In Alabama's Baldwin County, people were calling 911 for help, but emergency workers couldn't immediately respond early Wednesday because conditions were unsafe, county emergency management deputy director Jenni Guerry said.

Damage and flooding in Alabama

In Alabama, the floor and walls on the 16th floor of a hotel on the northern rim of Mobile Bay groaned as Sally made its way ashore.

The building shook as if in the throes an extended, low-grade earthquake, and sturdy windows seemed poised to pop out, a CNN team there said.

In Orange Beach, Alabama, water flowed at least a foot deep along the exterior walls of tourist shops, video taken from a moving boat by the United Cajun Navy before sunrise Wednesday shows.

At the shore, a boat sat on its side not far from an upended refrigerator, according to the footage, posted to Facebook. Of another vessel standing upright on land, someone outside the frame says, "No idea where that boat came from."

On Dauphin Island, south of Mobile, "we've got trees down all over the place ... (and) electricity has been shut off to the entire island," Mayor Jeff Collier said Wednesday morning.

As wind and rain whipped before midnight, enormous trees already had been felled west of Mobile.

Workers in raincoats endured Sally's bands as they worked alongside a digger truck to move thick piles of branches at Campfire and Ponderosa drives, CNN affiliate WALA reported.

Similar scenes unfolded around the same time -- still about six hours before Sally came ashore -- in midtown Mobile and across Mobile Bay in Fairhope, Alabama.

Sally hit Alabama 16 years to the day after the state's last landfalling hurricane, the Category 3 Hurricane Ivan, struck.

Sally is the fourth hurricane to make landfall in the US this year -- the most by this point in a year since 2004. It also is the eighth named storm to make landfall in the US, the most by September 16 on record.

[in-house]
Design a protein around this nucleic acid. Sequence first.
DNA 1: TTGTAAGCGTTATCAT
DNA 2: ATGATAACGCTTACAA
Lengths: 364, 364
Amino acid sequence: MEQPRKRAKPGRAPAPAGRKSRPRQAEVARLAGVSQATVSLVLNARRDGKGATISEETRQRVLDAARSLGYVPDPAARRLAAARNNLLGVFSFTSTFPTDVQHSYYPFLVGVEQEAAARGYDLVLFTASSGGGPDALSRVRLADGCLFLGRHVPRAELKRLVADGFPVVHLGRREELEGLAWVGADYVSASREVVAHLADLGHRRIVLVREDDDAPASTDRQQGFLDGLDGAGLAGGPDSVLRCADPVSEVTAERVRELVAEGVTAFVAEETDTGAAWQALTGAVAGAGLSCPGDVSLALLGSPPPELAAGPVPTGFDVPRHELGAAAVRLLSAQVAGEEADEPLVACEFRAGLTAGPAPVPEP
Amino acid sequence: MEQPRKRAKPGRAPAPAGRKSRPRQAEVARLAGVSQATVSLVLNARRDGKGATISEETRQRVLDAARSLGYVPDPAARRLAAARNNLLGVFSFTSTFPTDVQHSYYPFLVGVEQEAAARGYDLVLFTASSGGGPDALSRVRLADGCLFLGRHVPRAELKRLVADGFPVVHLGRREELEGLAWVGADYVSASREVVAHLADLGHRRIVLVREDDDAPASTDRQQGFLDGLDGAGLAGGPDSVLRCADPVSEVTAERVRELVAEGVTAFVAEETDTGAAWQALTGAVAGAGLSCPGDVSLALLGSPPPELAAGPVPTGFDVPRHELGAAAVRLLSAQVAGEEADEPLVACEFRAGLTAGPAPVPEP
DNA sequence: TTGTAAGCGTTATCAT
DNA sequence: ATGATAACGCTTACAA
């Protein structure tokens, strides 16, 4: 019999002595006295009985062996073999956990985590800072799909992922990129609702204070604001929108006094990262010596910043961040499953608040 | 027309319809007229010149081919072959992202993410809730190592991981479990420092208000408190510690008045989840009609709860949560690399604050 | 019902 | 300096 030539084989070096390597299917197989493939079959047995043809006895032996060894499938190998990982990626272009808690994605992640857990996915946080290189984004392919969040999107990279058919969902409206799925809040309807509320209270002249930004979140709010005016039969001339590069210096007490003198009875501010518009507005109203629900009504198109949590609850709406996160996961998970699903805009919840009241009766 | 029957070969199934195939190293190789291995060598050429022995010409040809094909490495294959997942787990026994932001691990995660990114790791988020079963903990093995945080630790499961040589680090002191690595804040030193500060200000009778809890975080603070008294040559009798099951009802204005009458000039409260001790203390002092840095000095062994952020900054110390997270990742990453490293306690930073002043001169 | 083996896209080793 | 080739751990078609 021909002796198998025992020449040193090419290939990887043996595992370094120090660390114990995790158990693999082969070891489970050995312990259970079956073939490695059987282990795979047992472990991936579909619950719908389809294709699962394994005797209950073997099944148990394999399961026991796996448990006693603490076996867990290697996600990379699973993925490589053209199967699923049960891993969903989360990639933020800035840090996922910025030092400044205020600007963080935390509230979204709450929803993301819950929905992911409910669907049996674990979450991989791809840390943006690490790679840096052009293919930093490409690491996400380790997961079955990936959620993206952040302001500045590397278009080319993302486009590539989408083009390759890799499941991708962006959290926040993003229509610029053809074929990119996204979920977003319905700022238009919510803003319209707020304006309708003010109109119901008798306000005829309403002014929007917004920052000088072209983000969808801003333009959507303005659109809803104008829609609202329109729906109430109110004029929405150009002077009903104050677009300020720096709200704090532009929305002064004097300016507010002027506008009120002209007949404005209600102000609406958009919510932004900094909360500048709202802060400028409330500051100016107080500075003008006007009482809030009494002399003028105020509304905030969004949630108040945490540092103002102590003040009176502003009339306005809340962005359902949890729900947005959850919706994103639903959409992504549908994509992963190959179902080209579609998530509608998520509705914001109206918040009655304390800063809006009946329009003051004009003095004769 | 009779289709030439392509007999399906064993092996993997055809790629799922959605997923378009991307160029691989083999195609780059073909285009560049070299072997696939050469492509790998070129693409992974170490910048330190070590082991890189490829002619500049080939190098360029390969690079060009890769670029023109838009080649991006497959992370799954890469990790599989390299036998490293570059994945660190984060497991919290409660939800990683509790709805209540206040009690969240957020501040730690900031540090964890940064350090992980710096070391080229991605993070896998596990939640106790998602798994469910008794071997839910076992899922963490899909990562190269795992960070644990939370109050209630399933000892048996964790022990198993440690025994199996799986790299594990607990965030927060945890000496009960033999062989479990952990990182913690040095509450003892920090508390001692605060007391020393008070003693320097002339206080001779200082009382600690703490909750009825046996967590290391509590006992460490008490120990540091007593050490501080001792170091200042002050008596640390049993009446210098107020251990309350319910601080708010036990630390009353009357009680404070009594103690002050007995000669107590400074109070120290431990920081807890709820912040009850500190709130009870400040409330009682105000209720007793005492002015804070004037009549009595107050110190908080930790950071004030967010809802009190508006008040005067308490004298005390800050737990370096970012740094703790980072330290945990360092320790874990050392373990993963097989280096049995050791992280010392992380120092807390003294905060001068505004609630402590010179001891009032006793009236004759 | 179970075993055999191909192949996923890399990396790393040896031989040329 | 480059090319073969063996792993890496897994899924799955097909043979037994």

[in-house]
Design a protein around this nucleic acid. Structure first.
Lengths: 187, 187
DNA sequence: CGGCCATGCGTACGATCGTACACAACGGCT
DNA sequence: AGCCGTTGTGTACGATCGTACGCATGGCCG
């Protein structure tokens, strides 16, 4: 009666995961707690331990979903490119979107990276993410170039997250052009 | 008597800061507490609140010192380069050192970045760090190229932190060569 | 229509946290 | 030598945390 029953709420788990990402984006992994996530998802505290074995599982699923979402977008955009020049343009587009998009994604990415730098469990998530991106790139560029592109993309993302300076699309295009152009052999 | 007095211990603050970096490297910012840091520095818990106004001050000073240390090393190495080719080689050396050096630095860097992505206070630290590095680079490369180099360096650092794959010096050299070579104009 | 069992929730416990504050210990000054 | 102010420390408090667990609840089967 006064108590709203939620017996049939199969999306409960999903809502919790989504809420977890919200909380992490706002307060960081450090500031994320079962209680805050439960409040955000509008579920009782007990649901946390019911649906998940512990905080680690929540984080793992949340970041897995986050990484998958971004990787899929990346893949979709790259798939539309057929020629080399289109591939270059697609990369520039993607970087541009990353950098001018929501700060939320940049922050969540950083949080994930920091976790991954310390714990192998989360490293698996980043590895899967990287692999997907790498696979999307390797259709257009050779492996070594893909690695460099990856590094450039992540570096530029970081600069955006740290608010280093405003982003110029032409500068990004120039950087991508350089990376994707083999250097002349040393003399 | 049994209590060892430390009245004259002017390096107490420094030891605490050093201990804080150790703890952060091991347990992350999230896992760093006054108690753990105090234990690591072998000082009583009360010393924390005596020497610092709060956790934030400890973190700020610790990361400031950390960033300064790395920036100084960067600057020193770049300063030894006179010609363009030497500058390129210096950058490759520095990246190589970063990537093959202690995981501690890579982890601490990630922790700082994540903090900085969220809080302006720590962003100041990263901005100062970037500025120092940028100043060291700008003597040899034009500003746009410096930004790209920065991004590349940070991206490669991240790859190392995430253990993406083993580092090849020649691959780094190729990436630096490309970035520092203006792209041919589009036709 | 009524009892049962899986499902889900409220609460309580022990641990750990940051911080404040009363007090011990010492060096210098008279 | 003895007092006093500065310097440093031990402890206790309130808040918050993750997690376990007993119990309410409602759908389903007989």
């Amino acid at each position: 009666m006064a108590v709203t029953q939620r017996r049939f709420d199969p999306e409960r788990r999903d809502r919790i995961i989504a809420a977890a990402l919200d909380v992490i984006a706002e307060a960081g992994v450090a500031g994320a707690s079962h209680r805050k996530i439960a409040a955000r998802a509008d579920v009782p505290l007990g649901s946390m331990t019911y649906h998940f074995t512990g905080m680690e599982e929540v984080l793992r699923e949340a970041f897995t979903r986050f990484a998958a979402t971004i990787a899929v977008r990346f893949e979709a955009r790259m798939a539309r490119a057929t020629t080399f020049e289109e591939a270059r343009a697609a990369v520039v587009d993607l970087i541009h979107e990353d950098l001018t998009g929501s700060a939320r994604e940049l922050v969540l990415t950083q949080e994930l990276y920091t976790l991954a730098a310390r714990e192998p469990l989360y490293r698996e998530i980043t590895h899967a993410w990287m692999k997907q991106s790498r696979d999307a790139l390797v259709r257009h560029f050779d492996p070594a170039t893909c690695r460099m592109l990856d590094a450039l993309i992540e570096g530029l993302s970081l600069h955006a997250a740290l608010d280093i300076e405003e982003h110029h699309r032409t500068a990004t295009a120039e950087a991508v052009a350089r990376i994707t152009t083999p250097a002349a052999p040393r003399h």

Businesses close and military bases restrict access

Businesses shut down ahead of the storm, with Walmart announcing 54 closures due to Sally, company spokesman Scott Pope told CNN on Tuesday.

Across the Gulf Coast, three military installations announced that only mission-essential personnel should report to work Wednesday.

The installations are the Naval Air Station Pensacola and Eglin Air Force Base in Pensacola, along with Keesler Air Force Base in Biloxi, Mississippi, home to the 53rd Weather Reconnaissance Squadron, often called the "Hurricane Hunters."

Residents prepared for a serious storm

People began preparing for Sally over the weekend, filling sandbags, grabbing supplies and prepping their homes.

Merrill Warren of Summerdale, Alabama, which sits about 16 miles inland from the Gulf, told CNN he brought in furniture, purchased gas and other supplies, and got his generator ready for the storm.

On Tuesday night, he reported that heavy rains and winds of up to 39 mph had already hit inland. Warren was more concerned about the potential for increased rainfall and surges than anything else, he said.

"This isn't the first Category 1 Hurricane that I have been through. I have been there through Hurricane Nate and Tropical Storm Gordon," Warren said. "I'm more worried about the rain for this one ... The rain and storms surge are definitely going to be the bigger issue with a storm moving at 2 mph."